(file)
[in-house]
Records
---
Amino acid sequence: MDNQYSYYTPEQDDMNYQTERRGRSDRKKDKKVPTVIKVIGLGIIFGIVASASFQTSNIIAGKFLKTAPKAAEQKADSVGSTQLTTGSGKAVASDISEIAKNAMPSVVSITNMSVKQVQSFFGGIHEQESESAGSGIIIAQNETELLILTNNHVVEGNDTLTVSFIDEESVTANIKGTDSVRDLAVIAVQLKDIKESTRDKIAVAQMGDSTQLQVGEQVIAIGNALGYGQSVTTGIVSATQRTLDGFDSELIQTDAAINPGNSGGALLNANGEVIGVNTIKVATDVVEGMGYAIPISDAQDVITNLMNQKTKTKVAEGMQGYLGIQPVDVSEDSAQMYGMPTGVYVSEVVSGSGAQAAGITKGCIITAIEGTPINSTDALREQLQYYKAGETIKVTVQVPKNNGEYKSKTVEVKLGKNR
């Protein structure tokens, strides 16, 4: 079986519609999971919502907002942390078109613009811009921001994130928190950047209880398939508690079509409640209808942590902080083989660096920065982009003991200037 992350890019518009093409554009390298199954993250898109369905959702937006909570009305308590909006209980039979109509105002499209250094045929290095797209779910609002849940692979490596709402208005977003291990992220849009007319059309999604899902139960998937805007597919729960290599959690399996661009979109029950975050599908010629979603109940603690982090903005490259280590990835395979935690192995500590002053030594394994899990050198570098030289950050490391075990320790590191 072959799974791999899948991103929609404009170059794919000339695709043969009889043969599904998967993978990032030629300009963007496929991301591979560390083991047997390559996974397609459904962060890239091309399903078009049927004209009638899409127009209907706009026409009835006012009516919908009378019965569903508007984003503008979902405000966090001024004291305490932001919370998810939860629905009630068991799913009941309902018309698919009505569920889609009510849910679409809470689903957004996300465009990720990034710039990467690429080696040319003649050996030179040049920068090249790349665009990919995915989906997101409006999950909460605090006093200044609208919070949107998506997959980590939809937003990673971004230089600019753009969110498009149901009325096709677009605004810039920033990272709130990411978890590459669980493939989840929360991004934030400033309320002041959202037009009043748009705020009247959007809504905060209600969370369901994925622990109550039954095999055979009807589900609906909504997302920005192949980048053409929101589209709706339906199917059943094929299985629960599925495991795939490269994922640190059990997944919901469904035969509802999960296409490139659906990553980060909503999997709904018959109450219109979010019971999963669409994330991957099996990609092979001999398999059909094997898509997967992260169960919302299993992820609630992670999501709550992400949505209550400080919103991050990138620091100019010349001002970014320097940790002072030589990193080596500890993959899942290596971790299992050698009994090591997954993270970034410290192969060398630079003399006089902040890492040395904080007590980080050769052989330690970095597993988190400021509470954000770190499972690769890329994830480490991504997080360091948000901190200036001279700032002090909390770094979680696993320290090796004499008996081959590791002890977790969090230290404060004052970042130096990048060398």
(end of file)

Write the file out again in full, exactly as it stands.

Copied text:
[in-house]
Records
---
Amino acid sequence: MDNQYSYYTPEQDDMNYQTERRGRSDRKKDKKVPTVIKVIGLGIIFGIVASASFQTSNIIAGKFLKTAPKAAEQKADSVGSTQLTTGSGKAVASDISEIAKNAMPSVVSITNMSVKQVQSFFGGIHEQESESAGSGIIIAQNETELLILTNNHVVEGNDTLTVSFIDEESVTANIKGTDSVRDLAVIAVQLKDIKESTRDKIAVAQMGDSTQLQVGEQVIAIGNALGYGQSVTTGIVSATQRTLDGFDSELIQTDAAINPGNSGGALLNANGEVIGVNTIKVATDVVEGMGYAIPISDAQDVITNLMNQKTKTKVAEGMQGYLGIQPVDVSEDSAQMYGMPTGVYVSEVVSGSGAQAAGITKGCIITAIEGTPINSTDALREQLQYYKAGETIKVTVQVPKNNGEYKSKTVEVKLGKNR
């Protein structure tokens, strides 16, 4: 079986519609999971919502907002942390078109613009811009921001994130928190950047209880398939508690079509409640209808942590902080083989660096920065982009003991200037 992350890019518009093409554009390298199954993250898109369905959702937006909570009305308590909006209980039979109509105002499209250094045929290095797209779910609002849940692979490596709402208005977003291990992220849009007319059309999604899902139960998937805007597919729960290599959690399996661009979109029950975050599908010629979603109940603690982090903005490259280590990835395979935690192995500590002053030594394994899990050198570098030289950050490391075990320790590191 072959799974791999899948991103929609404009170059794919000339695709043969009889043969599904998967993978990032030629300009963007496929991301591979560390083991047997390559996974397609459904962060890239091309399903078009049927004209009638899409127009209907706009026409009835006012009516919908009378019965569903508007984003503008979902405000966090001024004291305490932001919370998810939860629905009630068991799913009941309902018309698919009505569920889609009510849910679409809470689903957004996300465009990720990034710039990467690429080696040319003649050996030179040049920068090249790349665009990919995915989906997101409006999950909460605090006093200044609208919070949107998506997959980590939809937003990673971004230089600019753009969110498009149901009325096709677009605004810039920033990272709130990411978890590459669980493939989840929360991004934030400033309320002041959202037009009043748009705020009247959007809504905060209600969370369901994925622990109550039954095999055979009807589900609906909504997302920005192949980048053409929101589209709706339906199917059943094929299985629960599925495991795939490269994922640190059990997944919901469904035969509802999960296409490139659906990553980060909503999997709904018959109450219109979010019971999963669409994330991957099996990609092979001999398999059909094997898509997967992260169960919302299993992820609630992670999501709550992400949505209550400080919103991050990138620091100019010349001002970014320097940790002072030589990193080596500890993959899942290596971790299992050698009994090591997954993270970034410290192969060398630079003399006089902040890492040395904080007590980080050769052989330690970095597993988190400021509470954000770190499972690769890329994830480490991504997080360091948000901190200036001279700032002090909390770094979680696993320290090796004499008996081959590791002890977790969090230290404060004052970042130096990048060398």